Editor's note: This interview with Ana Hernández Kent was recorded on April 15, before the Federal Reserve's current media blackout.
MARY LOUISE KELLY, HOST:
Millennials were dealt several challenges right on the verge of adulthood - rising college costs, the Great Recession, the pandemic. So how does millennial wealth stack up against the generations who came before them? Greg Rosalsky from our Planet Money podcast reports.
GREG ROSALSKY, BYLINE: Ana Hernandez Kent is considered a young millennial - old enough to have friends who still wear skinny jeans, yet young enough to have friends who still spend too much time making videos on TikTok. She may have been born in the '90s, but she's definitely not Gen Z.
ANA HERNANDEZ KENT: I absolutely refuse to get on the new trend of, like, parting my hair down the middle. I'm not a fan of that.
ROSALSKY: Kent is a senior researcher at the Institute for Economic Equity at the Federal Reserve Bank of St. Louis, and she's spent the last few years studying millennial wealth, specifically the wealth of older millennials born in the 1980s. For the year 2016, she found that typical millennial family had around $28,000 in wealth. That's about 40% less wealth than what previous generations had when they were the same age.
HERNANDEZ KENT: Forty percent behind - that's pretty substantial. And we questioned whether they would become a lost generation - right? - these older millennials.
ROSALSKY: Many millennials left college with lots of student debt and entered a job market ravaged by the Great Recession. For others who didn't get college degrees, it was harder to find good-paying jobs than it was in the past. All of that would have lasting consequences, and Kent and her colleagues began to worry. Are millennials destined to be poorer than the generations before them, like, forever?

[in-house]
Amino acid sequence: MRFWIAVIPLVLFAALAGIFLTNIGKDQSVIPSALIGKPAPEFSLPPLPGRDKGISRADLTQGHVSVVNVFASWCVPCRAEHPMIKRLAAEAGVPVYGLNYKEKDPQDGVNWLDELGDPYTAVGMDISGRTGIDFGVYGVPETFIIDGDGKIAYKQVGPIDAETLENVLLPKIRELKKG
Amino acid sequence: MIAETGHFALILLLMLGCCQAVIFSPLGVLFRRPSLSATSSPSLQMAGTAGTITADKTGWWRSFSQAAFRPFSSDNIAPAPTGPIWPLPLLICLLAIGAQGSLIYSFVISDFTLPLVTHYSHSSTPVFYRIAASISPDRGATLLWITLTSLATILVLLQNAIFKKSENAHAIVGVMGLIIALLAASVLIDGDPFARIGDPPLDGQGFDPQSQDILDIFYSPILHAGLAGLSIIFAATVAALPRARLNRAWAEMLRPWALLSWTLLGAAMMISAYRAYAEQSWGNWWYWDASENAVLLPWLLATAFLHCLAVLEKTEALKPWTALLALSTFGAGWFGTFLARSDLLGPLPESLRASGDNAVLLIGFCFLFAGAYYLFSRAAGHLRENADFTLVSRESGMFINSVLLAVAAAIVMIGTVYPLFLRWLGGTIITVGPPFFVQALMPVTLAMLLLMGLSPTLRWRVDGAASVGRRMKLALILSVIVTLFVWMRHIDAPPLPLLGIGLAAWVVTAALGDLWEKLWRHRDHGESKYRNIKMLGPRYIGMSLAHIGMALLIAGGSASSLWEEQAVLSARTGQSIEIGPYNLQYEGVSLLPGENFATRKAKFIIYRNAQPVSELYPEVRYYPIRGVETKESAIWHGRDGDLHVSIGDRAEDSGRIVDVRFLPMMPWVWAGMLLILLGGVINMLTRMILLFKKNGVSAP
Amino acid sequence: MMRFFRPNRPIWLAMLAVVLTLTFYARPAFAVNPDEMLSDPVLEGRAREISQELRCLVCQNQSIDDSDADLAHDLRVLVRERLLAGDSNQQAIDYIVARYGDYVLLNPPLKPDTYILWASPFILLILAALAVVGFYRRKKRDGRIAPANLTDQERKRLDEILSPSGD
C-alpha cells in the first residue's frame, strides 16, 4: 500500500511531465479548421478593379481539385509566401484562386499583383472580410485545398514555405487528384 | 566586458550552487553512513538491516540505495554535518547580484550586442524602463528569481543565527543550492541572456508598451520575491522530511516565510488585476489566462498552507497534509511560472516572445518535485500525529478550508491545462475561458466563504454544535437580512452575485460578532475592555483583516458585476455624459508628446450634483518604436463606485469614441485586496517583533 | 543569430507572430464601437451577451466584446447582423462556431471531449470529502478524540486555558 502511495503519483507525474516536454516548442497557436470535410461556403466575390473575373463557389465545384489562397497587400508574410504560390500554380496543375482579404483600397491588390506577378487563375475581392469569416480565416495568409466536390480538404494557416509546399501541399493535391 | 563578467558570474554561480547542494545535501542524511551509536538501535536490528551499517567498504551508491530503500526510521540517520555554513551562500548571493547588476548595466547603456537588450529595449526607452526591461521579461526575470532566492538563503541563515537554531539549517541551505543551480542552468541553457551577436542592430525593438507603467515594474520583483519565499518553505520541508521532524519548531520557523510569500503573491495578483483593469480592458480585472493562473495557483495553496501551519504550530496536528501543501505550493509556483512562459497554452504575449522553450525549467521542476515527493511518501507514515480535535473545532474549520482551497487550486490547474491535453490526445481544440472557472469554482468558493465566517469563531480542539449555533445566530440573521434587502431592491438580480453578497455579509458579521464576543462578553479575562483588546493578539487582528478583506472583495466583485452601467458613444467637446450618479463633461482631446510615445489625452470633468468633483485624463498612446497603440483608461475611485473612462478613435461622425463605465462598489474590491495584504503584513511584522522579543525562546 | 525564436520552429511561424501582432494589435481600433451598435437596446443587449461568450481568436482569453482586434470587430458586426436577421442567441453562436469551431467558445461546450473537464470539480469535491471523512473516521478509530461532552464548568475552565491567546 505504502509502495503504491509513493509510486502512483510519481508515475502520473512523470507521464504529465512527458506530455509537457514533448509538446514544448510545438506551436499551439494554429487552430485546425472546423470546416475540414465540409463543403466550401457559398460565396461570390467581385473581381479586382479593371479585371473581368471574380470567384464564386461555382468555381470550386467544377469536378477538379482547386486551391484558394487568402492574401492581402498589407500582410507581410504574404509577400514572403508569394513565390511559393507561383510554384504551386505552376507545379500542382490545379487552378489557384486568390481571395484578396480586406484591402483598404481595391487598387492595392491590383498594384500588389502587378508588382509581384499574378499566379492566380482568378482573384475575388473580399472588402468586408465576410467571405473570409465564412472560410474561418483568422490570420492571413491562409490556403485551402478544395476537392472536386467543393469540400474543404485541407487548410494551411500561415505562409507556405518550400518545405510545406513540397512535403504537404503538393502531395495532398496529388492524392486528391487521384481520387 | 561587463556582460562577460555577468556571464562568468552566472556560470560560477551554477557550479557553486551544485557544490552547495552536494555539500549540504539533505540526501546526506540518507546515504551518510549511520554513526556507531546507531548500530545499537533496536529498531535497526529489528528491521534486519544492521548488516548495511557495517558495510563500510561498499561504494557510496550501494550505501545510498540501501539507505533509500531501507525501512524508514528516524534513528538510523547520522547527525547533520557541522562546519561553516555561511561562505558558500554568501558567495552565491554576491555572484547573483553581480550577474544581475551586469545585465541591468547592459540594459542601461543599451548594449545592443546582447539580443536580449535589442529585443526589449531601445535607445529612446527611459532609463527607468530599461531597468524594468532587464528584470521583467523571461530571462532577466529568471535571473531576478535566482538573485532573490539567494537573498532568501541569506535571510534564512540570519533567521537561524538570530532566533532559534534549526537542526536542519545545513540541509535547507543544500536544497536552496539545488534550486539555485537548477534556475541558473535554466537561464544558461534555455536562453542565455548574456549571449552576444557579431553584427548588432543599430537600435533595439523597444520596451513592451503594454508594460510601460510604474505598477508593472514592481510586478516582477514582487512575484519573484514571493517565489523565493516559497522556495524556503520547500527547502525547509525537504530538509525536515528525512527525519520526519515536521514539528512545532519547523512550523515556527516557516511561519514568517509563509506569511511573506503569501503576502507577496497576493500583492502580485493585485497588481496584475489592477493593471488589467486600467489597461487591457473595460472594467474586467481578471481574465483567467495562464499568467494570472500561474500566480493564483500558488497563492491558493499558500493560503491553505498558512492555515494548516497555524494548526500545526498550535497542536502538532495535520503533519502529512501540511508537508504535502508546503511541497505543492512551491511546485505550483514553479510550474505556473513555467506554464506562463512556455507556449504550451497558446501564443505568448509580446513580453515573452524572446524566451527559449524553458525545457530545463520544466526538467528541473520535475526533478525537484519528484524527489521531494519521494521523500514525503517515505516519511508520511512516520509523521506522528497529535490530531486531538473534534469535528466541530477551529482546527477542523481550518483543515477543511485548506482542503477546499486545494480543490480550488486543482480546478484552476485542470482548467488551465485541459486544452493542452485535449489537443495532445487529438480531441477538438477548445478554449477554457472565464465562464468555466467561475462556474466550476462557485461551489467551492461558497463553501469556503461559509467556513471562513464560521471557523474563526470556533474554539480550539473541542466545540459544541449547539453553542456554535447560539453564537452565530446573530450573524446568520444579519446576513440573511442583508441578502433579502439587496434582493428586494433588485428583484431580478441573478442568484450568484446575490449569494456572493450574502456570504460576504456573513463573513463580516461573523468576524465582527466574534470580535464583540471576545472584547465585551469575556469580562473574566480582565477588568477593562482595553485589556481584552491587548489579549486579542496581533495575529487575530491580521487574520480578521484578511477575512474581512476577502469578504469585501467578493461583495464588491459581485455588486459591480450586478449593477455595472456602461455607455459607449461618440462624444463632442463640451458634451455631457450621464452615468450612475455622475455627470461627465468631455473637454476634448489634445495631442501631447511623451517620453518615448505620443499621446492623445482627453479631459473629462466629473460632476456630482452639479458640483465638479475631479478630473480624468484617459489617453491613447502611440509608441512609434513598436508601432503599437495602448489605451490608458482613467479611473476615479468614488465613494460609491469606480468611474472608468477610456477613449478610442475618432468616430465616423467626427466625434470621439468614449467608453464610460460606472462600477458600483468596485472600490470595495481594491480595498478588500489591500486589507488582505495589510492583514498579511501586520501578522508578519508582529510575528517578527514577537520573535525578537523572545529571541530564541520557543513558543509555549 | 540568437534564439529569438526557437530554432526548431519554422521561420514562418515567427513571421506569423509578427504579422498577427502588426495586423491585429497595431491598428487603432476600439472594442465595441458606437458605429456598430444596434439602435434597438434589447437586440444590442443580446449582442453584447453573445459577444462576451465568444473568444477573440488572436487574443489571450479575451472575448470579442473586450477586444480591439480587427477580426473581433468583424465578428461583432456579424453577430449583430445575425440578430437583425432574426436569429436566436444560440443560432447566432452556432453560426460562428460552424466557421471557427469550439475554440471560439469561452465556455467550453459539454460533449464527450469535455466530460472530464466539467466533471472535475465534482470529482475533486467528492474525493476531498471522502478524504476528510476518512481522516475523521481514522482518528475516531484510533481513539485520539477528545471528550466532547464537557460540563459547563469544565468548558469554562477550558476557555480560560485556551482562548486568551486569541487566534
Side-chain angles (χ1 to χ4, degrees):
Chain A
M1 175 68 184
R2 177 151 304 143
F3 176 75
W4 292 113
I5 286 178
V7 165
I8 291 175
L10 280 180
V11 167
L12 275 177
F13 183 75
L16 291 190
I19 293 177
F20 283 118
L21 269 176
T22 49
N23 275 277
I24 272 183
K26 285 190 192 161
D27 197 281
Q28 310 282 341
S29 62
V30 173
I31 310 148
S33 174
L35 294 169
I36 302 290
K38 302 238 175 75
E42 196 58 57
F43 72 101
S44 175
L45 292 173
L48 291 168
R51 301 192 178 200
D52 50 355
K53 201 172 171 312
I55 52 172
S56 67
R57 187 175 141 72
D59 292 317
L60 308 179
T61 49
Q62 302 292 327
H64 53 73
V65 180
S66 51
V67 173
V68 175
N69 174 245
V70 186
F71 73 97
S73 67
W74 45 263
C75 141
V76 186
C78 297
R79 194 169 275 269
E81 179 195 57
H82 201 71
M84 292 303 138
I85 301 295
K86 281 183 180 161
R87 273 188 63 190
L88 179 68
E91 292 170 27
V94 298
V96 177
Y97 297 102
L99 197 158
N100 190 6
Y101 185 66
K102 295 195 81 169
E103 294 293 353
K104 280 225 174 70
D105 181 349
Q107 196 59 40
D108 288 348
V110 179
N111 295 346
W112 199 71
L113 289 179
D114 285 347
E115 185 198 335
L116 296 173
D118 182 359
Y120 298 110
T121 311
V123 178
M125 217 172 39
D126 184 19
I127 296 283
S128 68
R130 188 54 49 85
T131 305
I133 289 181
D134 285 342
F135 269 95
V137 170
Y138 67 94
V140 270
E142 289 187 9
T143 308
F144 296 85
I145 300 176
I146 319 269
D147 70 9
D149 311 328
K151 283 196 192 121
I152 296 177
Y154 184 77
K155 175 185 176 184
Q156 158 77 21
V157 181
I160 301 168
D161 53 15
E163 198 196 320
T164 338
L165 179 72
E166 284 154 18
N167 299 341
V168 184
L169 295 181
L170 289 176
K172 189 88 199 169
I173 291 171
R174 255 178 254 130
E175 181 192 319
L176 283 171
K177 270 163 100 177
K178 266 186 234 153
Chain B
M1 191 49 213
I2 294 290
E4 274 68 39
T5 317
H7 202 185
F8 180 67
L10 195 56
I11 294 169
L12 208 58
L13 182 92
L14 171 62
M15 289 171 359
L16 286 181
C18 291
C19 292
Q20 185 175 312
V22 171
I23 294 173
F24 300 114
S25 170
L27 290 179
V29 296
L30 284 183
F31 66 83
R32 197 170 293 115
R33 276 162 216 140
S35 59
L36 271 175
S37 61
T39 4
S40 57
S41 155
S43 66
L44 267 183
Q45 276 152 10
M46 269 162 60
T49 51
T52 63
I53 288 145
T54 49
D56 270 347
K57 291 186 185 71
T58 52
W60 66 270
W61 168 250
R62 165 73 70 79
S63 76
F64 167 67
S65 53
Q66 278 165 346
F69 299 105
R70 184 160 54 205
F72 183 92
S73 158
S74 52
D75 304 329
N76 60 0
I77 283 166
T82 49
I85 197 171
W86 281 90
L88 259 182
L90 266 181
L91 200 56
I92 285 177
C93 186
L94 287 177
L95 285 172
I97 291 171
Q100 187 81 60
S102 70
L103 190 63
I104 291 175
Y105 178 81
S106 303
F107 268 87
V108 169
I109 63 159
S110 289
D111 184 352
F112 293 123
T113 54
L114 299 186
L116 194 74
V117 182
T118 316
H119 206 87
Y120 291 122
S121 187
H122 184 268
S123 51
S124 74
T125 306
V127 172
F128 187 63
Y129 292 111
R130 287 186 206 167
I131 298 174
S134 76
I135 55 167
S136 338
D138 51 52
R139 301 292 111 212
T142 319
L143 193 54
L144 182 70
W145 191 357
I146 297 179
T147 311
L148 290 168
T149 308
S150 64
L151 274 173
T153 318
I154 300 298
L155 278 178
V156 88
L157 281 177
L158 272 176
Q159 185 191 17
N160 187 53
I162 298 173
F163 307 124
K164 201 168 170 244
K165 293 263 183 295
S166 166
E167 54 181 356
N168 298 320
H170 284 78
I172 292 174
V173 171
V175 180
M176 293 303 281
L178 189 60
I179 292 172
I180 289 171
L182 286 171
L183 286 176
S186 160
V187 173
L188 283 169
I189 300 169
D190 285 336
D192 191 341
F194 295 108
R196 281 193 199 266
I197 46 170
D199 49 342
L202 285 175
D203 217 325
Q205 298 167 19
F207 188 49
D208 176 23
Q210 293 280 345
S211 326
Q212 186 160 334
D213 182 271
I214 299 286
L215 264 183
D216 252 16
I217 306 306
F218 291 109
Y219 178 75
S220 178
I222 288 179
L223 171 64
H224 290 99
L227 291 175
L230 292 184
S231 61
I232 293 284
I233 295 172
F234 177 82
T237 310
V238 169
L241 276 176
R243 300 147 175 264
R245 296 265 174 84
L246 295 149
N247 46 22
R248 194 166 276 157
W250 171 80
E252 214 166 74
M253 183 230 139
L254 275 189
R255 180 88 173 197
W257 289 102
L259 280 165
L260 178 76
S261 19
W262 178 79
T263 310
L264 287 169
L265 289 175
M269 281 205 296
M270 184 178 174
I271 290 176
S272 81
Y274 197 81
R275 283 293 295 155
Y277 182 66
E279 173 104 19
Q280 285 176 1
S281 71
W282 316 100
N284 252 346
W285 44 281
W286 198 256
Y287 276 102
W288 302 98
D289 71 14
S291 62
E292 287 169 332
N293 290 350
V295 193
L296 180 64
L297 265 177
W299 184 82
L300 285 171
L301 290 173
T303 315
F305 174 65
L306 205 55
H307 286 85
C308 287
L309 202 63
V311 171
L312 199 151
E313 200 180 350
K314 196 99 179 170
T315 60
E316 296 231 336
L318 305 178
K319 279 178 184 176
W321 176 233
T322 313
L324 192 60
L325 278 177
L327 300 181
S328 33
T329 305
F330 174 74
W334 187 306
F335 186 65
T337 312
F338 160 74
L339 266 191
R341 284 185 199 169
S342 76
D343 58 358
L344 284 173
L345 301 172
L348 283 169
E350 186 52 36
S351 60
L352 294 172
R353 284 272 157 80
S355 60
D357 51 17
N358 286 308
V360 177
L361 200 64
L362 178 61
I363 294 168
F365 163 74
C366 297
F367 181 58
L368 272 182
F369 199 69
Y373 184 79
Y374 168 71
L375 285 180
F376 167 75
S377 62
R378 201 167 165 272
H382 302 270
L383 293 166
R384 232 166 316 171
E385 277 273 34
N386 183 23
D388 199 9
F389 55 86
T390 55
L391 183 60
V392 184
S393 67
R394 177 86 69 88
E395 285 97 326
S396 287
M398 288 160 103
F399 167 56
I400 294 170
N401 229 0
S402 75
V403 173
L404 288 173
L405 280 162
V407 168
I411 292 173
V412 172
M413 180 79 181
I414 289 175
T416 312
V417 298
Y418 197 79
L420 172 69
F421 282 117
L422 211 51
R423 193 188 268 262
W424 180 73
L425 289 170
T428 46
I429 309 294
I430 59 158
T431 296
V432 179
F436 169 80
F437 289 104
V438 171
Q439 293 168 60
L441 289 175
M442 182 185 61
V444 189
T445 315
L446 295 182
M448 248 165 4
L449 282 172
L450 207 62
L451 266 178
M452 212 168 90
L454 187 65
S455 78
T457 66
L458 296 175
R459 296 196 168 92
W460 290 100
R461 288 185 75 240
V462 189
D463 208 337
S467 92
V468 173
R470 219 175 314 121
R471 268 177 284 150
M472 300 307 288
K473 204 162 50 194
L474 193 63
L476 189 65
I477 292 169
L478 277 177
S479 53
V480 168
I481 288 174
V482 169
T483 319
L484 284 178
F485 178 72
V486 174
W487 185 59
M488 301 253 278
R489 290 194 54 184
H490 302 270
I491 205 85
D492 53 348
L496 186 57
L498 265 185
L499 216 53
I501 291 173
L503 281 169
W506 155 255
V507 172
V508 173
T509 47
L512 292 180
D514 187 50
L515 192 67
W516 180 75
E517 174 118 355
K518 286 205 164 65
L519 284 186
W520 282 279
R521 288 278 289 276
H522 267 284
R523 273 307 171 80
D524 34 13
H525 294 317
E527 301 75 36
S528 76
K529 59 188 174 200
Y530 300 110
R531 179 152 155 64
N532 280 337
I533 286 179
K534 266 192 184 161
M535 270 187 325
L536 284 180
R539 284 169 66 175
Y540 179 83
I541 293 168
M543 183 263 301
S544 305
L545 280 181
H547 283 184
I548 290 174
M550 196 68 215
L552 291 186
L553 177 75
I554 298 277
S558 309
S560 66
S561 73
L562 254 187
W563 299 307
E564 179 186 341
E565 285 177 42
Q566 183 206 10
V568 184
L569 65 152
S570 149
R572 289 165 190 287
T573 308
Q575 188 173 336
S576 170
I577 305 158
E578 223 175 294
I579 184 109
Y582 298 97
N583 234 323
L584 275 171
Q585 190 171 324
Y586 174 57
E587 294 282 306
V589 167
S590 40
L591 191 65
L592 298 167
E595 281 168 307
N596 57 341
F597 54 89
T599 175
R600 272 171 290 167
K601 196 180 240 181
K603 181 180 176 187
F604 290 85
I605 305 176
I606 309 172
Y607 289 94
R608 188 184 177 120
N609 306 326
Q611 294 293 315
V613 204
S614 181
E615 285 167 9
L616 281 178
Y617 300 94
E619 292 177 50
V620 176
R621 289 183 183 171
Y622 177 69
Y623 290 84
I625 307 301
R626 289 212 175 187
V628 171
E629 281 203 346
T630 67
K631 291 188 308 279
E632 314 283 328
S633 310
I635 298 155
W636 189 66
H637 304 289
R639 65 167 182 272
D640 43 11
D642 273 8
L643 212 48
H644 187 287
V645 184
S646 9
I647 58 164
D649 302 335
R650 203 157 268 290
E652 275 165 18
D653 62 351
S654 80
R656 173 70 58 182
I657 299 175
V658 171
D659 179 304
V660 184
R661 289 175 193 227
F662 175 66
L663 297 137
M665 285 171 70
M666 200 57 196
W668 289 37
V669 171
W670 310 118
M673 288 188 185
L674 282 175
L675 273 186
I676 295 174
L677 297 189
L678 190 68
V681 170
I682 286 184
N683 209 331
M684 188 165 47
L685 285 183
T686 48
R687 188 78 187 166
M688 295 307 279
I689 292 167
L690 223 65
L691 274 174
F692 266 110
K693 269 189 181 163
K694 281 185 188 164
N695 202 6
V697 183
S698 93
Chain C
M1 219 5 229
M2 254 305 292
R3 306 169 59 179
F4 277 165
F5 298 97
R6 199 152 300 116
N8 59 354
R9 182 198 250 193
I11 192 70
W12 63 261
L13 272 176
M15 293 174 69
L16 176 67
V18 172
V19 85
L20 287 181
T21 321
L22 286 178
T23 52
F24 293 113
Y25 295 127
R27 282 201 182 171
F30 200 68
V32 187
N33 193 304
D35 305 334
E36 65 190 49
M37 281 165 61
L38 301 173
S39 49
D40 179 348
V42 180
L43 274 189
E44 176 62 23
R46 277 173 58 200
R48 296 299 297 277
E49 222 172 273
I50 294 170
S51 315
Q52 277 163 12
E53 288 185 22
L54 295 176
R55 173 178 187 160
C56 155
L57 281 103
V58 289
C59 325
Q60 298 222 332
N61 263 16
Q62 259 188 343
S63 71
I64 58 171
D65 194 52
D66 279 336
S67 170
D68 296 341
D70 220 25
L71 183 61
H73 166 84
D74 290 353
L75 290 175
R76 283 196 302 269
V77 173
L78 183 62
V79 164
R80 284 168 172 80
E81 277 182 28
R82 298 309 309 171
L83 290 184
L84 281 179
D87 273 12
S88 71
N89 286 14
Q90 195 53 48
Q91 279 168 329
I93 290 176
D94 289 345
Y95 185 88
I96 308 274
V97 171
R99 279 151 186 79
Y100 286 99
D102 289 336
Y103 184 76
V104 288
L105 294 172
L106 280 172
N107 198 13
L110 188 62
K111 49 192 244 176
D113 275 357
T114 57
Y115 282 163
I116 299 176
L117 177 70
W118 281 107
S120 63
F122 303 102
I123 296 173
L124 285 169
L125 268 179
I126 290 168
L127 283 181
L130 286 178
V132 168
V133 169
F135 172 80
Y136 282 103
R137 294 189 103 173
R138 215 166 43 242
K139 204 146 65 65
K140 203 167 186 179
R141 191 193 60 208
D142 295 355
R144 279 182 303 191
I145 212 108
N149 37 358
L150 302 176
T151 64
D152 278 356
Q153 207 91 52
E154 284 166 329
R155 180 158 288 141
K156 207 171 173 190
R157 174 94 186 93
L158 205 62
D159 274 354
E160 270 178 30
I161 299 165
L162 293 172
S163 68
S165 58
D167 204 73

Last year, new data came out, and they jumped at the chance to see how millennials, now in their mid-30s, have done.
HERNANDEZ KENT: Have they fallen further behind? Have they gotten closer to where we would have expected them to be?
ROSALSKY: First, the good news. The wealth of the typical millennial family did jump substantially from $28,000 in 2016 to $51,000 in 2019. The typical millennial family is still behind compared to previous generations, but it's getting better. There's now just an 11% gap. But the picture looks much different when you break it down by race. The typical white millennial, they have a lot more wealth - $88,000. Black millennials are faring much, much worse.
HERNANDEZ KENT: So the typical Black millennial, older millennial, has about $5,000 in wealth. That is very, very little wealth to be able to weather an economic crisis, to be able to plan for the future whatsoever, let alone a down payment on a house.
ROSALSKY: She says white millennials are more likely to have parents who help them out financially. They're more likely to have paid off their student loans. They're more likely to own stocks. And while about two-thirds of white millennials now own homes, less than a third of Black millennials do.
HERNANDEZ KENT: That's incredibly shocking because Black Americans have made great progress in terms of political representation, job protections. But it doesn't seem to be translating into wealth gains.
ROSALSKY: And Kent's research is especially troubling because Black millennials aren't only trailing white millennials. They have 52% less wealth than what previous generations of Black Americans had at the same age. And this data was all collected before the pandemic. Greg Rosalsky, NPR News.
[Editor's note: This interview with Ana Hernández Kent was recorded on April 15, before the Federal Reserve's current media blackout.] Transcript provided by NPR, Copyright NPR.